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BARTON FINK

1991, Dir. Joel Coen
116 min. Rated R.
Starring: John Turturro, John goodman, Judy Davis, John Mahoney.

Review by Chad Shonk

THEORY #1:
"Artificial Hell"


NOTE: This is a seat-of-my-pants, on-the-spot analysis of BARTON FINK by Joel and Ethan Coen. This is written without seeing the film in several months, without any careful examination. I'm not even sure if I believe all I've written; it's just one angle, one way of looking at it.

In a sentence, BARTON FINK is about the pretentious and secluded world in which the artist lives. All of the things that drive Barton crazy are trivial compared to the problems of real life. Barton has no vision of reality, of real people, a fact that is exemplified in his inability to enjoy or write a picture about wrestling. He may know Tolstoy or Chekov or Kafka, but he doesn't know what a piledriver is. Nor is he really willing to learn. He finds the wrestling script project degrading, below him. He is an elitist, a snob, and he shares his elitist view of many that the stage is more artistic than the screen.

What drives Barton Fink mad? Besides the wrestling project mentioned above, it is the trivial that gets to Barton. The annoying bellboy, who is only there to help. The peeling of wallpaper, a slight annoyance to his artistic concentration. The destruction of the image of one of his heroes as an artist (has this character, played by John Mahoney, ever really done anything worth idolizing?) The constant visits by John Goodman's character, who is nothing but nice and friendly, if just a little overbearing. What bothers Barton, I am convinced, is not this man's behavior, but who he is. He is a working class man, a slaesman, someone below Barton's artistic mentality. And finally, there is his writer's block, the worst thing that can happen to an artist: a halt in creative flow. It is even conceivable that the rest of Barton's distractions are merely mental constructs, physical manifestations of his writer's block. But that's a whole other train of thought. So Barton is locked in his own little world (his hotel room), which comes apart (literally, as far as the wallpaper is concerned) at the seams. Barton believes he is in some sort of hell (he certainly looks and acts as such). But what is hell? Barton is certainly not in Bosnia, on the lookout for landmines. Nor is he in a rebellious Central American country, wading in a pool of childrens' blood. No, he has writer's block. Boo-hoo. Barton's hell is relative, and, in comparison to reality, petty and trivial.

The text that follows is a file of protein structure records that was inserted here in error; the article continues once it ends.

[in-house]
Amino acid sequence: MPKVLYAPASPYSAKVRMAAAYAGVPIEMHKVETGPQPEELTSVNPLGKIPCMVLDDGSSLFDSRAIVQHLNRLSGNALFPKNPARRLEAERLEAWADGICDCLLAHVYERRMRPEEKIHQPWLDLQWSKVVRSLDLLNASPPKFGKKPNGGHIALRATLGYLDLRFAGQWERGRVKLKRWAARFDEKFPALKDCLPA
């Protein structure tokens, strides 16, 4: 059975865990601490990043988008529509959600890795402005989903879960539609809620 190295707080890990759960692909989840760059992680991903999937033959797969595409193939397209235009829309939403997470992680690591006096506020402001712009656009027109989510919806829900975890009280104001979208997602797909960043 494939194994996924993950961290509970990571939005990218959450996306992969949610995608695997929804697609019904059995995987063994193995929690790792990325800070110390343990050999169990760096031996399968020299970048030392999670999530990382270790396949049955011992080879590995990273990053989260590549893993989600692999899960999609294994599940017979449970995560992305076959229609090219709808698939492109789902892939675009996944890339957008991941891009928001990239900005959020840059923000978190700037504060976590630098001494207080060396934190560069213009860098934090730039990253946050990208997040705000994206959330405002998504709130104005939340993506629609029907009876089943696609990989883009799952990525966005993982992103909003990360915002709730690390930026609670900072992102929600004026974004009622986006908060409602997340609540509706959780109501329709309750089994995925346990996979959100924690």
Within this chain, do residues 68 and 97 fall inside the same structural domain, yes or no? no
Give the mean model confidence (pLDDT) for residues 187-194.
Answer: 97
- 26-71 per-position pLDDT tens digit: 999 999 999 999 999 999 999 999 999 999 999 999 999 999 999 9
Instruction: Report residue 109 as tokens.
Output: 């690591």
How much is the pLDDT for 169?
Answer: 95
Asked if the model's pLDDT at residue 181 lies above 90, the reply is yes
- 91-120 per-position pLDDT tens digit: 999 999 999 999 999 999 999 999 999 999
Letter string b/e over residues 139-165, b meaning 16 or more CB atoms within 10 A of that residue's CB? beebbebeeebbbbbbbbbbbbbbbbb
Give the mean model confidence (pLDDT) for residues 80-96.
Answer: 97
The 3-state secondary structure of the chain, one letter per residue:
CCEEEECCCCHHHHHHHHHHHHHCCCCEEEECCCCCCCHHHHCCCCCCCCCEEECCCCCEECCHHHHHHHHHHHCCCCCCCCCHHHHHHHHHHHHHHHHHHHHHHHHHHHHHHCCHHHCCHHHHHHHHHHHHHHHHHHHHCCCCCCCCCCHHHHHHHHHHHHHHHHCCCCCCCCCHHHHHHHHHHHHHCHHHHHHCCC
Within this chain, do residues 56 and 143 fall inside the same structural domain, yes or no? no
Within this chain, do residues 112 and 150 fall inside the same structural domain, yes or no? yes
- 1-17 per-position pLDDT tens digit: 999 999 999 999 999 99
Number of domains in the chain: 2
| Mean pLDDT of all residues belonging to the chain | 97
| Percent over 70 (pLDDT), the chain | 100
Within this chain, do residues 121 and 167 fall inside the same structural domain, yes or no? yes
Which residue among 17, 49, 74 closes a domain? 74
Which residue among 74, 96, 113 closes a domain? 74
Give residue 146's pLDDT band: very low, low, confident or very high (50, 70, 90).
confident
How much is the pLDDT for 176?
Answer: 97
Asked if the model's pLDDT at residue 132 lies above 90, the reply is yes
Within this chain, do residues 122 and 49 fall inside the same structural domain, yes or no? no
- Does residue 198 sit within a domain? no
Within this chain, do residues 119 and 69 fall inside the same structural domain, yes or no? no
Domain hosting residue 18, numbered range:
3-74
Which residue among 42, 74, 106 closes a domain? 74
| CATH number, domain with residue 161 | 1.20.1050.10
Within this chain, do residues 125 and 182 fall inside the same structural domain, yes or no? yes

Of course Barton's mental hell becomes quite insignificant when compared to the hell he witnesses during the film's final sequence. The slightly annoying salesman becomes a serial killer, the hotel of his torment becomes an inferno, flames and all, and the world that is beneath the artist comes crashing down on top of him. this is real hell.

So what is this all saying? I believe that the Coens are making a comment on the artist and the somewhat naive world in which he lives. i do not believe that the film is an overall condemnation of artists, for they are a needed aspect of society, but maybe a warning, and indictment of the latte-drinking poet-wannabees who think that Nietzche and Warhol are all that matters and that everyone else is beneath them. I think that the Coens see this aspect in themselves (the original idea was conceived when the brothers suffered a bad case of writers' block while working on their gangster picture MILLER'S CROSSING. They are not-very-commercially successful arthouse faves. The critic loves 'em, the common man has never heard of 'em. Maybe that's what Barton Fink is: Beware the power of the common man, the kind that enjoys Stallone movies and wrestling pictures, you high-minded artist wannabes. You are no better than them, just different. It is unfortunate that the majority of people who enjoy this film are just that. They sympathise with Barton, and suffer through his hell. They probably both deserve it.

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